The arts, media, and humanities-focused wiki Monoskop has published a scanned PDF of Reyner Banham’s 1966 tome, The New Brutalism. The 100-page book, long out of print, is impossible to find in stores.
Recent years have seen Brutalism jump to the fore of several important preservation and development battles. Structures as diverse as Alison and Peter Smithson’s Robin Hood Gardens, Marcel Breuer’s American Press Institute headquarters, and Paul Rudolph’s Buffalo Shoreline Apartments have all been threatened with the wrecking ball. Over these years, as brutalist buildings and their admirers have made the case for preserving the complicated historical legacy these buildings embody, discourse on Banham’s text has been conspicuously absent, leaving a critical void in public debate. Monoskop’s recent publication of The New Brutalism could remedy that deficit.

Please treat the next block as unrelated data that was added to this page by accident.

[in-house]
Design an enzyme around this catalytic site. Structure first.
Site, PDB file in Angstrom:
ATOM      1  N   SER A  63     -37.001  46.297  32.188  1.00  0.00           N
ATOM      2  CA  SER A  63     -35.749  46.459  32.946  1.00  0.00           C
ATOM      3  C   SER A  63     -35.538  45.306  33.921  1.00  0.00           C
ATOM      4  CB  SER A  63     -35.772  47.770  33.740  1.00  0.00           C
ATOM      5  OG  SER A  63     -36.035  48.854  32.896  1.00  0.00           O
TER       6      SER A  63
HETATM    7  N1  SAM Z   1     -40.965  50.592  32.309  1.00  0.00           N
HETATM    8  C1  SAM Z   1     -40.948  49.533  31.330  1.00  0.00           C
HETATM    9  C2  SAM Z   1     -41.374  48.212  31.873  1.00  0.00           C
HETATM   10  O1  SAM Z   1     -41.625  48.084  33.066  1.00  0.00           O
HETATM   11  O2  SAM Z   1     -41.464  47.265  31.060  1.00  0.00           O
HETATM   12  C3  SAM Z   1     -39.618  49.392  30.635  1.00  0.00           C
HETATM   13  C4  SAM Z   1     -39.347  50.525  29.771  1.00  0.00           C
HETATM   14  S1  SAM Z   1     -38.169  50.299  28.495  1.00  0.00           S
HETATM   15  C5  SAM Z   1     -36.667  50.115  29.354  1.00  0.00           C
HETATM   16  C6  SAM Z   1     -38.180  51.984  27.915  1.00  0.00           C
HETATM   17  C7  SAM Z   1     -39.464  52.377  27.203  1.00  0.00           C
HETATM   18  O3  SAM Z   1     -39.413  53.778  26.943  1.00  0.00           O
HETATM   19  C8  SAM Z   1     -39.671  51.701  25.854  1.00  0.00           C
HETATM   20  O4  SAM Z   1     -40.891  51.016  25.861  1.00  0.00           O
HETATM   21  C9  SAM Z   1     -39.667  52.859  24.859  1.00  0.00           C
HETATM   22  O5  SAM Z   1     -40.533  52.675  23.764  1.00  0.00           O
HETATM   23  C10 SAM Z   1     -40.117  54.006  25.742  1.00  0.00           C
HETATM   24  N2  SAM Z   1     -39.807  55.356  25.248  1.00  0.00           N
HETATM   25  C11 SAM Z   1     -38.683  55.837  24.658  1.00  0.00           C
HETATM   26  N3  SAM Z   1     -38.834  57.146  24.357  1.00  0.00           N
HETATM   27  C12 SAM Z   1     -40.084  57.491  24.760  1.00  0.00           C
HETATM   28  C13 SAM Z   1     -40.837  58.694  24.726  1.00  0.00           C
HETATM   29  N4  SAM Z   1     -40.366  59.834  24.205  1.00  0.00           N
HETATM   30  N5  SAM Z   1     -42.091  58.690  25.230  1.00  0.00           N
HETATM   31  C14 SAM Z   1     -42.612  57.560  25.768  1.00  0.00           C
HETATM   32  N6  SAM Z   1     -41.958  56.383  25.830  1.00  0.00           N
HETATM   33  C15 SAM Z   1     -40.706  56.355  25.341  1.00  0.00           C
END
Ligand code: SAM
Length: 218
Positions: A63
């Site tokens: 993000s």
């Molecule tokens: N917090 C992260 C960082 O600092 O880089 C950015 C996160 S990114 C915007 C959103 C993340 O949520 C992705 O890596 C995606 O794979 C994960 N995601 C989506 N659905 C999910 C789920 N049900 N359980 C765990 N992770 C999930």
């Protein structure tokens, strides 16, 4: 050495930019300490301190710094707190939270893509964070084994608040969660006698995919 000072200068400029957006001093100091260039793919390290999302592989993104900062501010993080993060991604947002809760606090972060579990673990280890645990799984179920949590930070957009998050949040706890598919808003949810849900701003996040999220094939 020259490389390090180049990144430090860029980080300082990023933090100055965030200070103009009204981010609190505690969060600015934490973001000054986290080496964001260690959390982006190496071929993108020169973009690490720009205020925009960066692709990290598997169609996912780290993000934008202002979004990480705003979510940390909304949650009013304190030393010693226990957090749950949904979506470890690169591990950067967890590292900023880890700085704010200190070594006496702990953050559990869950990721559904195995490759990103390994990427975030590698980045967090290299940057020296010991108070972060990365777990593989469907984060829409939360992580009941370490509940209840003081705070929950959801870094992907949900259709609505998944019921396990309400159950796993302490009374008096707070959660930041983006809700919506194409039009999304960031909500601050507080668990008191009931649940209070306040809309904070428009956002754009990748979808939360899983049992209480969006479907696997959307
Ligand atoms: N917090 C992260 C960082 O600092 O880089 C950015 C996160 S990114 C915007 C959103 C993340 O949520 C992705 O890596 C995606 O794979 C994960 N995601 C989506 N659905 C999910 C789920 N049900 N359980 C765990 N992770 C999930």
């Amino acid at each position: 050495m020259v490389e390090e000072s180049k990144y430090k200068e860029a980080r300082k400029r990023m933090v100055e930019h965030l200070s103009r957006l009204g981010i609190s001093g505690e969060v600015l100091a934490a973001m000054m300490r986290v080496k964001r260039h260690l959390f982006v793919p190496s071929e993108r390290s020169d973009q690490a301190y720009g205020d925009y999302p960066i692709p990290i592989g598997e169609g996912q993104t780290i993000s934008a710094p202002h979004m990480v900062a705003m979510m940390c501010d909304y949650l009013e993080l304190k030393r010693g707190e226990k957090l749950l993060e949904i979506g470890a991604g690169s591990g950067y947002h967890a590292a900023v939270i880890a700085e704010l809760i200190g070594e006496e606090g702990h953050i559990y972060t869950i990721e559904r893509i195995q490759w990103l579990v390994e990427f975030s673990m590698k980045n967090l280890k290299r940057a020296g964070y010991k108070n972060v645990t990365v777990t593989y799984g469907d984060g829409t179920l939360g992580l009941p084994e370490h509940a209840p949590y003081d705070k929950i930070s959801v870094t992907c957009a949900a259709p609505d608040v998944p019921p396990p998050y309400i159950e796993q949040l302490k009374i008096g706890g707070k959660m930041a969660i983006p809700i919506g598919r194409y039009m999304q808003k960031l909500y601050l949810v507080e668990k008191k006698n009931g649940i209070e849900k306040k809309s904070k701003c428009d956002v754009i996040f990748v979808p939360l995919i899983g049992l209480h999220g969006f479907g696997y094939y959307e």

The book began as an essay in 1955 that Banham refined and expanded over the following 11 years, as his observations regarding the coalescence of the New Brutalist style took shape. Banham’s analysis begins with a political-historical discussion regarding the origins of the term “Brutalism.” He also chronicles the style’s historical underpinnings, chalking up the movement’s origins to a confluence between Nikita Khrushchev’s Soviet building program, Le Corbusier’s Unite d’Habitation, Mies van der Rohe’s Illinois Institute of Technology building, and Alison and Peter Smithson’s Secondary School complex. The remaining four-fifths of the book is dedicated to chronicling New Brutalism’s manifestations in the built environment while discussing the political, philosophical, and tectonic underpinnings of the featured structures.
Banham’s The New Brutalism is available for download at the Monoskop site here.